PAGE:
18 All?

When the score in a tennis game reaches a baffling 18-All, you know you're not at Wimbledon.

Boing. Boing. Boing.

When Tom Selleck, perched in courtside highchair, says to the audience, "You know, people's heads really do go back and forth. I thought that was just a film trick" -- you know you're not on a Hollywood film set.


When the mohawked Mr. T, in tight Hawaiian shorts and glittery hightop sneakers with day-glo laces, is the "umpire" in the fourth match; when he warns he's "just calling it like I see it"; when he growls, "Double dribble!"; when he barks, "No more clashing of rackets"; when he muses, "Boy. God. Who woulda believed it? The White House. This is all right" . . . you know where you are.

You're at the White House for the second annual Nancy Reagan Drug Abuse Fund tennis tournament.

Or, as Mr. T put it, "If I was president, I would tell people to ree-laxxxx."

Behind the White House, enclosed by holly trees and greenery and approached by a narrow row of cool flagstones, the tennis court was transformed Saturday afternoon from a serene pocket of presidential privacy to a laughing, 250-person swarm of stars and spectators. Reeboks, pleated linen skirts, straw hats and polo shirts spread across the sunny bleachers. In the shade of a red-and-white tent, men in tuxedos presided over the refreshments: iced tea, lemonade, fruit, chips and little foil airplane packets of Eagle's honey-roasted cashews.

With WDVM's Glenn Brenner as master of ceremonies, the tournament was a four-hour parade of celebrities: tennis stars such as Stan Smith and the Amritraj brothers, Vijay and Ashok; television stars such as "Hill Street Blues' " Veronica Hamel and "Remington Steele's" Stephanie Zimbalist; Reagan Cabinet members such as Secretary of State George Shultz and Secretary of Energy John Herrington; and sports figures such as Julius Erving and Herschel Walker.

The tone for the afternoon was not imposed by the formal informality of a country club setting. Nor was it set by the substantial corporate patronage of Eagle Snacks, General Motors, Occidental Petroleum, Prince Manufacturing, Rapid-American, Reebok International, Stephens Inc. or United Technologies -- each of which, having donated $60,000 to the drug abuse fund, was allowed to invite 12 guests.

The tone was epitomized by Mr. T: "What do they mean when they spin that racket? . . . Why don't they just flip a coin? . . .Let's not do all this patty cake stuff. I know it's for charity, but let's make it interesting."

"Laughing is allowed at the White House," Brenner told the audience, though they needed no encouragement to chortle or cheer from the sidelines.

Mr. T, alternately keeping and not keeping track of the score, growled, "I run a tight ship." Hamel, partnered with James Baker, and playing against tennis neophyte Chuck Norris and former CIA director Richard Helms, quipped to the audience, "I wish you'd run a quieter one."


"What does this 'love' mean?" Mr. T demanded of Brenner. "Zero," explained Brenner. Mr. T shouted out "double fault" and urged the team of Baker and Hamel that they should "work on that other guy" (Helms), because Norris had only three weeks of tennis lessons under his black belt.


"40-30, all right! All right! I'm gonna know this game by the end of the day . . . I know deuce. I know love. I'm learnin'," Mr. T said. "If you have any questions during the break," Brenner said to the audience, "Mr. T has a booth set up right over here" -- and he waived toward the refreshments area.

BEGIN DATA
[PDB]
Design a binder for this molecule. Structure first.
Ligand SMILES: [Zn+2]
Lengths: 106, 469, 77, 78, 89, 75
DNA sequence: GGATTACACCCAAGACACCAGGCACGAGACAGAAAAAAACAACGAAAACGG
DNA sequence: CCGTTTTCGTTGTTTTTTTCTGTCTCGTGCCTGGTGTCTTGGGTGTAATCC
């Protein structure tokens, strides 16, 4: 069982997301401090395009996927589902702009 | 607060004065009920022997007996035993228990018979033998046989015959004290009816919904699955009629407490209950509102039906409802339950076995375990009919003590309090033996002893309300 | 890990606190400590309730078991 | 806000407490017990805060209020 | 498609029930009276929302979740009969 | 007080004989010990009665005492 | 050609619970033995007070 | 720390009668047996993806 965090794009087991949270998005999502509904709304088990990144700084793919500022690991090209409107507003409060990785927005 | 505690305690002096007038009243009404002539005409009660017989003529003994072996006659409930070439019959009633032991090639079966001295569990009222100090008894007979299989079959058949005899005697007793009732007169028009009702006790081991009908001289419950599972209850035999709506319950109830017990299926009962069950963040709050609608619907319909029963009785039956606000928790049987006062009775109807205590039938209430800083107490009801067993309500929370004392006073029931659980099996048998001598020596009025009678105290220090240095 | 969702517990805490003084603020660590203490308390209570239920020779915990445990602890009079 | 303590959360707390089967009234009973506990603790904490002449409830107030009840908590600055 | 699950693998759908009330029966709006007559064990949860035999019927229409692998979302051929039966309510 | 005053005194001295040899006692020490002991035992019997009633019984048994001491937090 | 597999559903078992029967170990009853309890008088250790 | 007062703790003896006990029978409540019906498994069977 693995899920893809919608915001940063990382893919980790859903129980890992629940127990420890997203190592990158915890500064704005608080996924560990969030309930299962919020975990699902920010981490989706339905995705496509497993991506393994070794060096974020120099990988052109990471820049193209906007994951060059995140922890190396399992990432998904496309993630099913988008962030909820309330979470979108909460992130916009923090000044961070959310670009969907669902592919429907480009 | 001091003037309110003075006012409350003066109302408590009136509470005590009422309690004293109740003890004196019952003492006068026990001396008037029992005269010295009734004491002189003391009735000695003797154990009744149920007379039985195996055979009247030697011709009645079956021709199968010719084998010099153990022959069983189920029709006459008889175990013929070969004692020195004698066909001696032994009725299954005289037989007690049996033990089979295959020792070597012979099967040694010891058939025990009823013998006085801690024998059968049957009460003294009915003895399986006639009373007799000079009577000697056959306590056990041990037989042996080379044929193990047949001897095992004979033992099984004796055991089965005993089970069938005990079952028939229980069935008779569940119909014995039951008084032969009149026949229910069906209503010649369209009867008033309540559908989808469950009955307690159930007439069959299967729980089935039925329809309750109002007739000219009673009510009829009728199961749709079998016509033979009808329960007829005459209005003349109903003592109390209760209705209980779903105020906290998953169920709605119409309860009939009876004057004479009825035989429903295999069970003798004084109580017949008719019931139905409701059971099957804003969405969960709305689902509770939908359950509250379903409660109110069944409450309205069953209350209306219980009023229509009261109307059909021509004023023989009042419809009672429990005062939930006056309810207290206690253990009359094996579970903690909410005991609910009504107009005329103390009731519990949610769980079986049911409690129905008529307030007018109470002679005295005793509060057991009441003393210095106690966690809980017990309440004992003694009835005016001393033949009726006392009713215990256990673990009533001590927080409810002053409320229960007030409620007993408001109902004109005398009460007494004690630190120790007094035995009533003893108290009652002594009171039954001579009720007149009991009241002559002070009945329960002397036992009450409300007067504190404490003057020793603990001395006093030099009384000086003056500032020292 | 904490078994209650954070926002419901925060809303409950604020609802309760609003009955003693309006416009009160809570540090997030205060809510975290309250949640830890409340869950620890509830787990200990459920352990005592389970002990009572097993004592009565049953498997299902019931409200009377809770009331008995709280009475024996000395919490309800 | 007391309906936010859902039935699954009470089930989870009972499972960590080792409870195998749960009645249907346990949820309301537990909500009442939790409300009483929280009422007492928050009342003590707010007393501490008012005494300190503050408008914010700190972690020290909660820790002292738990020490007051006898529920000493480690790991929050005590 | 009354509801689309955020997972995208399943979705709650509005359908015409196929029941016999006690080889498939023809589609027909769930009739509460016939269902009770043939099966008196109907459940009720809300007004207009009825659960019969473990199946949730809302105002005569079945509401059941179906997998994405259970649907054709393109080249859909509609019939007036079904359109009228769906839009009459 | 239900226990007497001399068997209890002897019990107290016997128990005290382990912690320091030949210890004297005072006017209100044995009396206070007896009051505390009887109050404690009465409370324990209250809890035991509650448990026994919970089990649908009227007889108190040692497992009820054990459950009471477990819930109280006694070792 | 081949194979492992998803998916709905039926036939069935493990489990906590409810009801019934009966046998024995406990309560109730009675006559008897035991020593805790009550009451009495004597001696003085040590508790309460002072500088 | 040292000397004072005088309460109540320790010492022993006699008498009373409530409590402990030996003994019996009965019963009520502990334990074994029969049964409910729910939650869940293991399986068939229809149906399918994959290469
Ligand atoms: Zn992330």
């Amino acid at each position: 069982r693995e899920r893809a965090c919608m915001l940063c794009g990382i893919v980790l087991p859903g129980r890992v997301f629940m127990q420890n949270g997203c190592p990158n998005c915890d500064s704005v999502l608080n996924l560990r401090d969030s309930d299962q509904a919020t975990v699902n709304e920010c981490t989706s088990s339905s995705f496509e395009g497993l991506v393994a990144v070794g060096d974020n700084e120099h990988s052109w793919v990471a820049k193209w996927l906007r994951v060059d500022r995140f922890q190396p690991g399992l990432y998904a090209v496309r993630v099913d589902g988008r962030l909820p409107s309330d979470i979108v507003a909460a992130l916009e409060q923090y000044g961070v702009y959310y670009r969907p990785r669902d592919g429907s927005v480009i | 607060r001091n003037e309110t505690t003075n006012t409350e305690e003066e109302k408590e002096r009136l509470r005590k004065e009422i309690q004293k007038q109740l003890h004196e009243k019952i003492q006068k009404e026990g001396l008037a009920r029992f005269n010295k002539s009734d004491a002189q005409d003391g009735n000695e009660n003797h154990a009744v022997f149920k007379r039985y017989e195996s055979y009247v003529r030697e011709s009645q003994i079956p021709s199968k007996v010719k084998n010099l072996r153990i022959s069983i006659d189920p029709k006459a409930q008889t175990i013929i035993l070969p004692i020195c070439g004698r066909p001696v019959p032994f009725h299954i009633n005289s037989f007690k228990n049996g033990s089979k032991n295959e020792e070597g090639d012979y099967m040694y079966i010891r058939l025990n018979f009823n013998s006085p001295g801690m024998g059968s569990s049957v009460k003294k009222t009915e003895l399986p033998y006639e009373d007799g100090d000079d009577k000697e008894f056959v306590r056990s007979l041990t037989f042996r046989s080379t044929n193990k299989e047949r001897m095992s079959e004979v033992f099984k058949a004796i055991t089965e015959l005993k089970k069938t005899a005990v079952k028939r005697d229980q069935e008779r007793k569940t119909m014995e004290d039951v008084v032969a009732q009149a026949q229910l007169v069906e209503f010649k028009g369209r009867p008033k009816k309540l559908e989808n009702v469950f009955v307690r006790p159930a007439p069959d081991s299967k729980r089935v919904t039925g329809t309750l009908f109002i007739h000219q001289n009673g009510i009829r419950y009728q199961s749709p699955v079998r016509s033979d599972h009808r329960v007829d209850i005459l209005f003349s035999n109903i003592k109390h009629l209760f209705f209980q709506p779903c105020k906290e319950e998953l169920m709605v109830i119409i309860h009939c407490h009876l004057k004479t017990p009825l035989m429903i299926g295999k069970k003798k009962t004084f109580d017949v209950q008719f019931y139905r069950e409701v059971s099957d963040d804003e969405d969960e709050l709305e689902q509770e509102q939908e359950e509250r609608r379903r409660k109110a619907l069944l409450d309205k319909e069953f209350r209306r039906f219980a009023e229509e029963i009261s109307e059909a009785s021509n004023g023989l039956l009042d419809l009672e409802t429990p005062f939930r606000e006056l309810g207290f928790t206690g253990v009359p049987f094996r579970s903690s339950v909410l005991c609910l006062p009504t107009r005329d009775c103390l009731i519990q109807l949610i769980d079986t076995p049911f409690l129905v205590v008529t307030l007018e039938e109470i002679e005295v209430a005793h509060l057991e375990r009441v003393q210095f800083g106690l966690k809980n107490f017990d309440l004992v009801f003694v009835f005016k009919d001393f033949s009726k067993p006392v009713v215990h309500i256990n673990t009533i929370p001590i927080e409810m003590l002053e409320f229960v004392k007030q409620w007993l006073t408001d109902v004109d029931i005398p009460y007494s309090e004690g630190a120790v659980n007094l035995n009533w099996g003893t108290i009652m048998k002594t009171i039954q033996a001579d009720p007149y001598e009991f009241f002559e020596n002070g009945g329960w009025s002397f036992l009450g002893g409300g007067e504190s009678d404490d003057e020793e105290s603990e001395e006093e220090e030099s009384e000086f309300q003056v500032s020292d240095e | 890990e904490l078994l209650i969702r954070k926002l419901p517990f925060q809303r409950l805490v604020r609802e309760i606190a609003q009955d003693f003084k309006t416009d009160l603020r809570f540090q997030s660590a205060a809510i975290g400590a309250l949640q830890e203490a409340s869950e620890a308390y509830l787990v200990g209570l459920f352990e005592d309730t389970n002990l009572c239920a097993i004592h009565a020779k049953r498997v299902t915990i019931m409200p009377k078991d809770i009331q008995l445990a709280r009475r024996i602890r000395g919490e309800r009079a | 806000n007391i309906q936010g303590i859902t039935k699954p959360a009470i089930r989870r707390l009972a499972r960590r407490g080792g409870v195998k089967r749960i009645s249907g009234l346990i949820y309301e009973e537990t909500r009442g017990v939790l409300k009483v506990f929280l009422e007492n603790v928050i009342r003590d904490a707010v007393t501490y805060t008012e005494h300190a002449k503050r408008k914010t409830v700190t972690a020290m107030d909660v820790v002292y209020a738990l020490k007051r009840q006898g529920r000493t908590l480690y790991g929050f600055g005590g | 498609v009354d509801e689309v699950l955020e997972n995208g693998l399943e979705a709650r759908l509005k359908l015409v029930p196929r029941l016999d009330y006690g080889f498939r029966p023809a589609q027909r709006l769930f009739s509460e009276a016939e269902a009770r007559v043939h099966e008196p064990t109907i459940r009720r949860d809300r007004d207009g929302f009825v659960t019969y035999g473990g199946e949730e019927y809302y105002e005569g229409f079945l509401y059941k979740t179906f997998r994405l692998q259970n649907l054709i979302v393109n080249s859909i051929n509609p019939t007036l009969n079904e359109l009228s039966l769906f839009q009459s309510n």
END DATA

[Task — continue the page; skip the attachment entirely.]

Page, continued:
bat10 It was an afternoon of semi-lawless tennis (four points to a game, 20 minutes to a match, six matches to the event) and unrelenting one-liners. No second serves would be allowed "because of Gramm-Rudman," explained the "hey-just-joking" Brenner. And in desperate circumstances, serves could be done by proxy. So when it came time for Dorothy Hamill to serve, she let tennis pro Pam Shriver take a try. "I knew that I couldn't serve before I got here," Hamill laughed. Until invited to participate in the benefit tennis tournament, she had never played the game. "I'm humiliating myself," she giggled.

"I'll be glad when the First Family comes out," Mr. T said. "They're gonna straighten things up."

President and Mrs. Reagan arrived to catch the last and, by chance, most competitive match: George Shultz and Pam Shriver playing Dina Merrill and Stan Smith. "GO!" Shriver shouted to her partner; and Shultz, quiet and tenacious, charged after the lime green ball. "This is one of the few places you can yell at the secretary of state," Brenner quipped. In a tie-breaking game, Shultz and Shriver won.

The match over, Mrs. Reagan presented two checks of $50,000 each to the "Just Say No" club and the new Washington Fund for the Prevention of Substance Abuse. She thanked the corporate sponsors, whose contributions to the Nancy Reagan Drug Abuse Fund approached half a million dollars.

"This money will go a very long way in helping kids in their efforts to make a better life for themselves," she said and then invited the audience to "come up to the White House for some refreshments."

They did. And the postmatch afternoon, with a gentle breeze and a retreating sun, with plates full of roast beef and with cameras clicking at every and any photo opportunity, drew to a relaxed close on the South Portico of the White House.

The Reagans settled into some lawn chairs and chatted for an ample 45 minutes with a small tableful of celebrities, including Stefanie Powers, Merrill and Selleck. A few brave guests broke the inner circle and collected the Reagans' autographs. Shultz talked tennis shoes, not politics. Veronica Hamel, looking across the South Lawn, pointed out the Washington Monument and the Jefferson Memorial to Ashok Amritraj.